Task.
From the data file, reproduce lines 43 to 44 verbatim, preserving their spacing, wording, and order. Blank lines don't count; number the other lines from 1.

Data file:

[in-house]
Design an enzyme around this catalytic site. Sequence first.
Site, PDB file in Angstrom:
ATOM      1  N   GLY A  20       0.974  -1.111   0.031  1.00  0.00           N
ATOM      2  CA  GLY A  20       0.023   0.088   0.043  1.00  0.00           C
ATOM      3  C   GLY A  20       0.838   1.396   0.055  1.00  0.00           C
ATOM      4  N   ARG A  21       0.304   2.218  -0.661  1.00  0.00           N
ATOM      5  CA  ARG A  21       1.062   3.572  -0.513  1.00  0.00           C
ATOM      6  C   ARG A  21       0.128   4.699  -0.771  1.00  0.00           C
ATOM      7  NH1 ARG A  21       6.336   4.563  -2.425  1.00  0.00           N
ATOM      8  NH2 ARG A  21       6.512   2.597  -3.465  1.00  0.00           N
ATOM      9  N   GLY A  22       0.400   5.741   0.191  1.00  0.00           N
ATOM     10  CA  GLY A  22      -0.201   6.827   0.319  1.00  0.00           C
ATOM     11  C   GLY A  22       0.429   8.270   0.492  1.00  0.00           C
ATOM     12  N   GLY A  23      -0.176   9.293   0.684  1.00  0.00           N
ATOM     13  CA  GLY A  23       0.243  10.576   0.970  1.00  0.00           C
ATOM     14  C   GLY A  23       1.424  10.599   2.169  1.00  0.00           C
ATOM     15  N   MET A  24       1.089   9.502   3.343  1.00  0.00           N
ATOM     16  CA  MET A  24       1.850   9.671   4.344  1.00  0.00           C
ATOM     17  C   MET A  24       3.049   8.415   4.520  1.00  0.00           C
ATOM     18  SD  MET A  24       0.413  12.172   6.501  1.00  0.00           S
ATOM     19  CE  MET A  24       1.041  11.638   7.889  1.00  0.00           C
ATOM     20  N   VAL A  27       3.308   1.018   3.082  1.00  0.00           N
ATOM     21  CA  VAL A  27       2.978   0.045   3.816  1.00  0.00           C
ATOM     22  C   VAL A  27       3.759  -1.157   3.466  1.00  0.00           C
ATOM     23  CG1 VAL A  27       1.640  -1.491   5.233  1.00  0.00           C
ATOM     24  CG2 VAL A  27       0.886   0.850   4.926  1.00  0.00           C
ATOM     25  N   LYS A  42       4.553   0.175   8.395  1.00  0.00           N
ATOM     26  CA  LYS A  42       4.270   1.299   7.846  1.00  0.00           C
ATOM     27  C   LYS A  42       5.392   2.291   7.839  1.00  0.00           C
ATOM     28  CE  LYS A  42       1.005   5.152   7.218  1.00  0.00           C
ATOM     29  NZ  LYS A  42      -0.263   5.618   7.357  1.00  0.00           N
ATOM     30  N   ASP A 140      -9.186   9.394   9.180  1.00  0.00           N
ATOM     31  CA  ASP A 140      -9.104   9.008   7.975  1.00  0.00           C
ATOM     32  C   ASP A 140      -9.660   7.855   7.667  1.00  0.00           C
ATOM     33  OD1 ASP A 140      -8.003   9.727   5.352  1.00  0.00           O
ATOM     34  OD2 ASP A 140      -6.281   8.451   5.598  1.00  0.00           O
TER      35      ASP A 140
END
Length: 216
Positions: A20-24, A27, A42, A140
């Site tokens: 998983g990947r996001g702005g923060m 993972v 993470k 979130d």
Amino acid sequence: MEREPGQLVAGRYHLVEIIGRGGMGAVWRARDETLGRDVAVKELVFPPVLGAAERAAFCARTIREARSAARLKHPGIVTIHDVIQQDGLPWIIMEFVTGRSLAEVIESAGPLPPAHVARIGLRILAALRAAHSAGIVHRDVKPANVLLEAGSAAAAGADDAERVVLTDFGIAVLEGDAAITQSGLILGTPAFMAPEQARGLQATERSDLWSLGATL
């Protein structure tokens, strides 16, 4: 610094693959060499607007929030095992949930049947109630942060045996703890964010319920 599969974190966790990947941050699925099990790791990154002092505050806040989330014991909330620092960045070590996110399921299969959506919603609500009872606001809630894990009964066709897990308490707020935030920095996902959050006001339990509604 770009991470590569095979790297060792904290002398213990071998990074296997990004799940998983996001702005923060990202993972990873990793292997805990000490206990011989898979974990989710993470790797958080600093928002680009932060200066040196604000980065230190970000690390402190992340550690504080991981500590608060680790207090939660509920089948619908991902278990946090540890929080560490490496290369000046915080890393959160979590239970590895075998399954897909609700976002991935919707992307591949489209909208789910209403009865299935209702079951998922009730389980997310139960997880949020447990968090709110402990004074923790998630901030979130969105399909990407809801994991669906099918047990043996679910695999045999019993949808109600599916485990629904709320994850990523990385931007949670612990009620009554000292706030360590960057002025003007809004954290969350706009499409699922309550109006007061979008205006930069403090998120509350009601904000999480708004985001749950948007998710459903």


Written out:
Amino acid sequence: MEREPGQLVAGRYHLVEIIGRGGMGAVWRARDETLGRDVAVKELVFPPVLGAAERAAFCARTIREARSAARLKHPGIVTIHDVIQQDGLPWIIMEFVTGRSLAEVIESAGPLPPAHVARIGLRILAALRAAHSAGIVHRDVKPANVLLEAGSAAAAGADDAERVVLTDFGIAVLEGDAAITQSGLILGTPAFMAPEQARGLQATERSDLWSLGATL
């Protein structure tokens, strides 16, 4: 610094693959060499607007929030095992949930049947109630942060045996703890964010319920 599969974190966790990947941050699925099990790791990154002092505050806040989330014991909330620092960045070590996110399921299969959506919603609500009872606001809630894990009964066709897990308490707020935030920095996902959050006001339990509604 770009991470590569095979790297060792904290002398213990071998990074296997990004799940998983996001702005923060990202993972990873990793292997805990000490206990011989898979974990989710993470790797958080600093928002680009932060200066040196604000980065230190970000690390402190992340550690504080991981500590608060680790207090939660509920089948619908991902278990946090540890929080560490490496290369000046915080890393959160979590239970590895075998399954897909609700976002991935919707992307591949489209909208789910209403009865299935209702079951998922009730389980997310139960997880949020447990968090709110402990004074923790998630901030979130969105399909990407809801994991669906099918047990043996679910695999045999019993949808109600599916485990629904709320994850990523990385931007949670612990009620009554000292706030360590960057002025003007809004954290969350706009499409699922309550109006007061979008205006930069403090998120509350009601904000999480708004985001749950948007998710459903």